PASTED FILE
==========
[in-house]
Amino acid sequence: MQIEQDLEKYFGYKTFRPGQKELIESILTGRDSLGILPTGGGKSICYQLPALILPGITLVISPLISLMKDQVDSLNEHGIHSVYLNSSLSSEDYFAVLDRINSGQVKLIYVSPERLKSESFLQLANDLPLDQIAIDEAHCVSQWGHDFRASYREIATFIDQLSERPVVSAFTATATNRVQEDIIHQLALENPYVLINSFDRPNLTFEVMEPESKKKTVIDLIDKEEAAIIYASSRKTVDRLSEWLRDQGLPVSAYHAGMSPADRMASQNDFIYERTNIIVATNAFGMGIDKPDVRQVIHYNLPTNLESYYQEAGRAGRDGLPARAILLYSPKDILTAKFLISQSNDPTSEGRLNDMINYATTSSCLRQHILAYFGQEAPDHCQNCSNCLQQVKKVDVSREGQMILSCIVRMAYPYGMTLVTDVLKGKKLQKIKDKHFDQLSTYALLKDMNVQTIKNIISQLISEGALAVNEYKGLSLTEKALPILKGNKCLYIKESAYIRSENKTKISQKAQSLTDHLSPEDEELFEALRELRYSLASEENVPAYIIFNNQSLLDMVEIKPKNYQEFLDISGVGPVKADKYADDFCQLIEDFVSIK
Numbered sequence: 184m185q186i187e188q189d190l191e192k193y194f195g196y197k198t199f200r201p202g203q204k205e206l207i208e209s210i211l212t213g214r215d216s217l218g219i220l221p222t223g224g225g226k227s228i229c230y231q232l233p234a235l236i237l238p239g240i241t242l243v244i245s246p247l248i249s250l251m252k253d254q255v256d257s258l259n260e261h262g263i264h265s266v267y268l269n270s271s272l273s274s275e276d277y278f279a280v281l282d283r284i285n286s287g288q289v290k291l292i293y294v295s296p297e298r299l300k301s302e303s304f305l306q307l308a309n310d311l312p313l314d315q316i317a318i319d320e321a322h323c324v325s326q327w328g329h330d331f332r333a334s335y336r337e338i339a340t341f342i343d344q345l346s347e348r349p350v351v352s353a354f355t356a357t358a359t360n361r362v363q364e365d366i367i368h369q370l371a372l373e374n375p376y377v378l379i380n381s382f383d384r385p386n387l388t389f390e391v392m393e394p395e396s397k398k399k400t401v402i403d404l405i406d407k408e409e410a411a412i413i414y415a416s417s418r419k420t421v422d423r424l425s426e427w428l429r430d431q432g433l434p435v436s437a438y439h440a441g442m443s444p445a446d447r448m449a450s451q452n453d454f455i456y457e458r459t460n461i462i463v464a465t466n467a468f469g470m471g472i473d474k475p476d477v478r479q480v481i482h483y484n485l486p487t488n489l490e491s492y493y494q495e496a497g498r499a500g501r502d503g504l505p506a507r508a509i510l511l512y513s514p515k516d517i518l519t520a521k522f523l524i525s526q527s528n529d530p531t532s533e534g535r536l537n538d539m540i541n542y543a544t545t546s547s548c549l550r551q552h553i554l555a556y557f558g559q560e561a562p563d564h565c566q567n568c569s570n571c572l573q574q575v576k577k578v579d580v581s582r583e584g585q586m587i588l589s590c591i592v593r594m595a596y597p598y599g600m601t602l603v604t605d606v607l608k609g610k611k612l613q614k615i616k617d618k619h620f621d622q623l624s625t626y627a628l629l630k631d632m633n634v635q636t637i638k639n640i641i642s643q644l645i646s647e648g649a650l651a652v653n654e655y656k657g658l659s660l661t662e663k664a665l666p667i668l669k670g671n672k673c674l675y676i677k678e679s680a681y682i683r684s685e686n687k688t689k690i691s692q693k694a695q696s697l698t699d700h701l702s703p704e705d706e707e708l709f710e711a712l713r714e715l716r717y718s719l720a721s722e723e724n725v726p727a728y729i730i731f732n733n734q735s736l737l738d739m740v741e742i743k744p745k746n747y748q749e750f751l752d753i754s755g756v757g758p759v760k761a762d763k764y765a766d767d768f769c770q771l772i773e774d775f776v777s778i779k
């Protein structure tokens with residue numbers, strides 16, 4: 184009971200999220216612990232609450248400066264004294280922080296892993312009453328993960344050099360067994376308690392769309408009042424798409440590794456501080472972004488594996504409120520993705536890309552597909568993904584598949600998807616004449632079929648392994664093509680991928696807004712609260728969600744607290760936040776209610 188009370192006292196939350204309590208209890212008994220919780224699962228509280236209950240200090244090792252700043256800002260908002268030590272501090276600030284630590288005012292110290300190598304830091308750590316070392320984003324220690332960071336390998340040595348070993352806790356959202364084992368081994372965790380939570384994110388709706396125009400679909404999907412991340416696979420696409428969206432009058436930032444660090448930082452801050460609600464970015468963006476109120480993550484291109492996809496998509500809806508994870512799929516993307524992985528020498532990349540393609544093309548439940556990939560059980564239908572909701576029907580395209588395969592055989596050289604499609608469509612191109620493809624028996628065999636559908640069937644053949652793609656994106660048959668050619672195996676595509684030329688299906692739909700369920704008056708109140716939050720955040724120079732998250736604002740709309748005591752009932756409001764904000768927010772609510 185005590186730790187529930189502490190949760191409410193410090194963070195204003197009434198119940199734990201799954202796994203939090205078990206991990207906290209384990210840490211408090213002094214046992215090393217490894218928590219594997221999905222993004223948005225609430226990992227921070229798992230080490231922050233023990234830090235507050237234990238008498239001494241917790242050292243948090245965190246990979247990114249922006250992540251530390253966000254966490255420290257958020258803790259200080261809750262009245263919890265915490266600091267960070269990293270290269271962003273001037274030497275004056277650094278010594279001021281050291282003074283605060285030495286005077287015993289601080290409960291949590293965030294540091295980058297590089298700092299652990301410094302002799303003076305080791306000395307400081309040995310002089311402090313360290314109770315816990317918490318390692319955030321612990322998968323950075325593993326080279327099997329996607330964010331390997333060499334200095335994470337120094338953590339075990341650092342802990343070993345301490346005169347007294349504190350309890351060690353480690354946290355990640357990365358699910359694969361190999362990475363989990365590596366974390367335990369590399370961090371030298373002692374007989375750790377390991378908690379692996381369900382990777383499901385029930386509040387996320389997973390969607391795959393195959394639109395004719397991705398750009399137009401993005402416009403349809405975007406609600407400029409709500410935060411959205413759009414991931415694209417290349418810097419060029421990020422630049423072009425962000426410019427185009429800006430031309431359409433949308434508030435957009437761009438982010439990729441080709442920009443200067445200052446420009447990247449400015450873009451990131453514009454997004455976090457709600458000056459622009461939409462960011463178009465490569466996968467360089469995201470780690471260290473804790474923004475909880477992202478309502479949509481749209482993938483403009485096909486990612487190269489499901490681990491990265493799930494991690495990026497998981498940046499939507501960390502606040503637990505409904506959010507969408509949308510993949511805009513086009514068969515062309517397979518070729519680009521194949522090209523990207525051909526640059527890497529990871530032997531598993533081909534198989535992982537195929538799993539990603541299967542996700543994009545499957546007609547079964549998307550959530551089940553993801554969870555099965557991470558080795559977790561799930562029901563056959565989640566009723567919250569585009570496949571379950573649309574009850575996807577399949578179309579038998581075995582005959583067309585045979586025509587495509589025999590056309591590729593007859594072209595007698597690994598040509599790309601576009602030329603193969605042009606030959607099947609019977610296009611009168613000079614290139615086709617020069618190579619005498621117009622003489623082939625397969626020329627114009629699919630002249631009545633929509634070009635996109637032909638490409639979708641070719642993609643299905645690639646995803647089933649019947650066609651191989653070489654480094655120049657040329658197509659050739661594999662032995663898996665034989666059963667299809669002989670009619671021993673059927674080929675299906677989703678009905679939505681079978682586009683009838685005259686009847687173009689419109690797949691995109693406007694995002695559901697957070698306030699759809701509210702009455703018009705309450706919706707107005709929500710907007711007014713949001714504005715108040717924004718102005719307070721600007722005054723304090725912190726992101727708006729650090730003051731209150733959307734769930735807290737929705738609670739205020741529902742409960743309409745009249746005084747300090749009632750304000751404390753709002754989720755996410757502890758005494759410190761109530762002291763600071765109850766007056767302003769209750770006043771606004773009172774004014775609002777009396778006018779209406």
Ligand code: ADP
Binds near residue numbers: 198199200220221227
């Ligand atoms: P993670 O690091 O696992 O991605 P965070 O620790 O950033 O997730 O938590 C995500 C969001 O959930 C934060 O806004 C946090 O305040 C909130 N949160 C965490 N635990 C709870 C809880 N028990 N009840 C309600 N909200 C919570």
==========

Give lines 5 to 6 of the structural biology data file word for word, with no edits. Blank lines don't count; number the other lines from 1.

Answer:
Ligand code: ADP
Binds near residue numbers: 198199200220221227